If there’s one major area in need of improvement for Nebraska volleyball heading into the 2022 season, it’s attack efficiency from the pins.
Despite making it all the way to the national championship, the Huskers finished with the program’s lowest hitting efficiency in at least the past 39 seasons, .222. The five outside hitters combined for a .187 hitting percentage.
Madi Kubik was the one constant in the lineup, playing in 118 of the Huskers’ 121 sets. She played at a Big Ten Player of the Year level deep into conference play before tailing off in efficiency later in the season. Beyond her was a rotating cast of characters consisting of super senior Lexi Sun and freshmen Lindsay Krause, Whitney Lauenstein and Ally Batenhorst.
Krause, a dominant six-rotation left-side hitter at Omaha Skutt, spent most of the season as the starting opposite hitter, averaging 2.38 kills per set on .225 hitting while playing in the front row. At different points, however, Coach John Cook turned to fellow in-state product Lauenstein at that spot as she started three matches and played in 67 sets while averaging 0.93 kills per set on .130 hitting.
Similarly, Cook went back and forth between Sun (2.26 kills per set on .153 hitting in 70 sets) and Batenhorst (1.99 kills per set on .155 hitting in 86 sets) as the second hitter on the left.
Cook expressed some regret with the way he handled the pins after the season, but in his defense, I’m not sure there was a right answer with the lack of consistency throughout the whole position group.
Sun has exhausted her eligibility, and Madi Kubik’s younger sister, Hayden, has taken her place. The younger Kubik finished 18th in PrepVolleyball.com‘s 2022 rankings before enrolling at Nebraska for the spring semester and participating in the beach and spring indoor training season.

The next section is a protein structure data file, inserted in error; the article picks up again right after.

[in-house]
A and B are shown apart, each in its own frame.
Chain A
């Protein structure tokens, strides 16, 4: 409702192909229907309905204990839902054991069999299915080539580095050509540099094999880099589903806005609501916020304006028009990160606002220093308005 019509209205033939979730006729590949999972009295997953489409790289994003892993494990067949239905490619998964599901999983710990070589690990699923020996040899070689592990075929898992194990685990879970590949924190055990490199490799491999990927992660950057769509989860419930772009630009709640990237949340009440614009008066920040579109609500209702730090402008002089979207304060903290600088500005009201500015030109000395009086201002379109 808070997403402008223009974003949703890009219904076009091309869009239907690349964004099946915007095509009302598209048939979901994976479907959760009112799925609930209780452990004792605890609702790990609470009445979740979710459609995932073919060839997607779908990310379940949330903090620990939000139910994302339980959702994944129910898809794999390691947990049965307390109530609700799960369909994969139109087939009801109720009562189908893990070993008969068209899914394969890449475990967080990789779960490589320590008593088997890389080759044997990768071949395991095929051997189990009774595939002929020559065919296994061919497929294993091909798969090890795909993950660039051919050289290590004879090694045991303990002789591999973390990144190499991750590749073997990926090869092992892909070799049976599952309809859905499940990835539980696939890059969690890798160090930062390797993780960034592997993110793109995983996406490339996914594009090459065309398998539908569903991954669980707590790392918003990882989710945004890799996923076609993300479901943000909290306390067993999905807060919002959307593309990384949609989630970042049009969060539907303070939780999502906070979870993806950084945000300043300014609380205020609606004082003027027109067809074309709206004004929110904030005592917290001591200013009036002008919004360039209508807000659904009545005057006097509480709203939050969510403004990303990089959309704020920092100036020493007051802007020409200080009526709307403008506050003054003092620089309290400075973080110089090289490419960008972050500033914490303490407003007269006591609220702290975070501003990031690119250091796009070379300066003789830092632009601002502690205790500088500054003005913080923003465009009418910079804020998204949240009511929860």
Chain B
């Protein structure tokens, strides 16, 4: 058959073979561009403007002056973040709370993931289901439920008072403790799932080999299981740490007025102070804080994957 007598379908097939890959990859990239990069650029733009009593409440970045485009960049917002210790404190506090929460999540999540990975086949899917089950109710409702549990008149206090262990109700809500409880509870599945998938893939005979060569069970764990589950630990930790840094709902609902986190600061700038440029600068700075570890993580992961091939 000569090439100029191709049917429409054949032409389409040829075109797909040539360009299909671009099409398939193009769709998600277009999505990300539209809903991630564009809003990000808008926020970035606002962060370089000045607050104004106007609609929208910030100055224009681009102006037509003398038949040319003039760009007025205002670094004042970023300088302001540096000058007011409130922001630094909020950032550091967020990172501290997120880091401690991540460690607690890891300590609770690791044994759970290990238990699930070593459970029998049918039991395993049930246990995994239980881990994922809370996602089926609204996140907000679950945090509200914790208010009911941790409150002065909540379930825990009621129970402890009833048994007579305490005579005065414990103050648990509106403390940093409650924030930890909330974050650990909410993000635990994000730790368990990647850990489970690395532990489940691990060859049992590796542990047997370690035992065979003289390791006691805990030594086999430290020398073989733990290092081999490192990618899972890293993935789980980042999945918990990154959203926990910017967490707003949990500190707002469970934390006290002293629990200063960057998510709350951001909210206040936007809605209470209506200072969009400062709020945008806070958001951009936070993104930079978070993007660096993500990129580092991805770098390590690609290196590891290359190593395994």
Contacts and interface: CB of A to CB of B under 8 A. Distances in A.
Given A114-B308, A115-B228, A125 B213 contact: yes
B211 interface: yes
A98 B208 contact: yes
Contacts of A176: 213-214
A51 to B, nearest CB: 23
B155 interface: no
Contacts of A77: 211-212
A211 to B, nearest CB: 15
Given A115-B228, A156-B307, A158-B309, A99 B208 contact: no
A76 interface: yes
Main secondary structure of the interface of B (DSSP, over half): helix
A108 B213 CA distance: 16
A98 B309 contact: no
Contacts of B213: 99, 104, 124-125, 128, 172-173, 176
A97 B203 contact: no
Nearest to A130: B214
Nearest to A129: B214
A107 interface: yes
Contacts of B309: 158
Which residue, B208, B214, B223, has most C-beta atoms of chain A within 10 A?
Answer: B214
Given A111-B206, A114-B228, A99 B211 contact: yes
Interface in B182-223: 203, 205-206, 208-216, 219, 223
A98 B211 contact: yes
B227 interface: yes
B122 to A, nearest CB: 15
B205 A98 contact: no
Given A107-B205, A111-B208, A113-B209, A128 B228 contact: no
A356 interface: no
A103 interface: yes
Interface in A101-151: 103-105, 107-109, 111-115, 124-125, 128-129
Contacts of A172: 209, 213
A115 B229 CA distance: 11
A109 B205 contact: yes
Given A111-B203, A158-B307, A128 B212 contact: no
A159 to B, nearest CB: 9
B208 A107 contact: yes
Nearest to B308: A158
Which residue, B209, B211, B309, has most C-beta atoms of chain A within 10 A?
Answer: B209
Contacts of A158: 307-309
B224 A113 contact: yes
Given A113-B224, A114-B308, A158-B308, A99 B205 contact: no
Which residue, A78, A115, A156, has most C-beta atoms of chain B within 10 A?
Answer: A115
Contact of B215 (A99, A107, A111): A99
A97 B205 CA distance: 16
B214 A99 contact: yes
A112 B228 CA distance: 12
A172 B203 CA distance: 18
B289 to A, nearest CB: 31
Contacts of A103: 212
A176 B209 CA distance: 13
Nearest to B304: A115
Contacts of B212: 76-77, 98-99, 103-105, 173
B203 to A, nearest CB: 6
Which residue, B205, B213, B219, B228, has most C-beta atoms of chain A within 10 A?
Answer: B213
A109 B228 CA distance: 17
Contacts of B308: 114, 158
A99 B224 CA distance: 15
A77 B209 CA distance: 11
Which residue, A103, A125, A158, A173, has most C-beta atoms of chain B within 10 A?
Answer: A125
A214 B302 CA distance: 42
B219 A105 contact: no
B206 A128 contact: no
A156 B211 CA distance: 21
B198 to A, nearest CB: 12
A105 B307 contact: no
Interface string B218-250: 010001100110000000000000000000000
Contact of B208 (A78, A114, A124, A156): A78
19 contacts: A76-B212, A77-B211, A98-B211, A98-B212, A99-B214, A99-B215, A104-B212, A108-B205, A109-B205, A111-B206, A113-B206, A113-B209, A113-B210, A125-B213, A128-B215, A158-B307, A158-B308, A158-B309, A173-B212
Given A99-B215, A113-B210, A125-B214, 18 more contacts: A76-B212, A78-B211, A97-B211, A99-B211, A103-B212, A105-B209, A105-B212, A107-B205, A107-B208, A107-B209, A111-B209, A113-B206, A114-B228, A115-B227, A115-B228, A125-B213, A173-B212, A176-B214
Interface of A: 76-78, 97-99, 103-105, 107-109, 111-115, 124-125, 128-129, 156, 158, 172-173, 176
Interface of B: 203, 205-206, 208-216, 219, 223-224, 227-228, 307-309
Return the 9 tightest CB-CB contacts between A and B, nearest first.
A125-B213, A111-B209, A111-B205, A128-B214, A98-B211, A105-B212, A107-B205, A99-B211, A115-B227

When the Huskers took the floor at the Heartland Events Center in Grand Island for the team’s spring exhibition match against Kansas on April 23, Cook opted to start Kubik and Krause on the left and Lauenstein on the right.
Madi Kubik led the way for the Huskers with a match-high 20 kills on .311 hitting, seven digs, three assists, two aces and one block.
“Madi, she’s kind of our rock,” Cook said after the match. “She’s one of the few players in the country who does everything really well. She won game three for us serving, she made some great digs, she had some huge kills when we needed them. She struggled passing tonight which I did not see that coming; she’s a good passer. She’s one of those true six-rotation players that are hard to find and every team needs one.”
While Krause made her Husker debut on the right side, Cook has told her her future lies on the left, and based on the lineup in Grand Island, that future may come as soon as this season. However, she struggled in the match, recording three kills and three errors on 16 attempts.
“She’s been crushing it in practice, but tonight, I don’t know,” Cook said. “She wasn’t very good. We rotate everywhere, so we haven’t done a set lineup. I’ve trained all our hitters on both sides and she’s been our best left side hitter in training, but she struggled tonight.”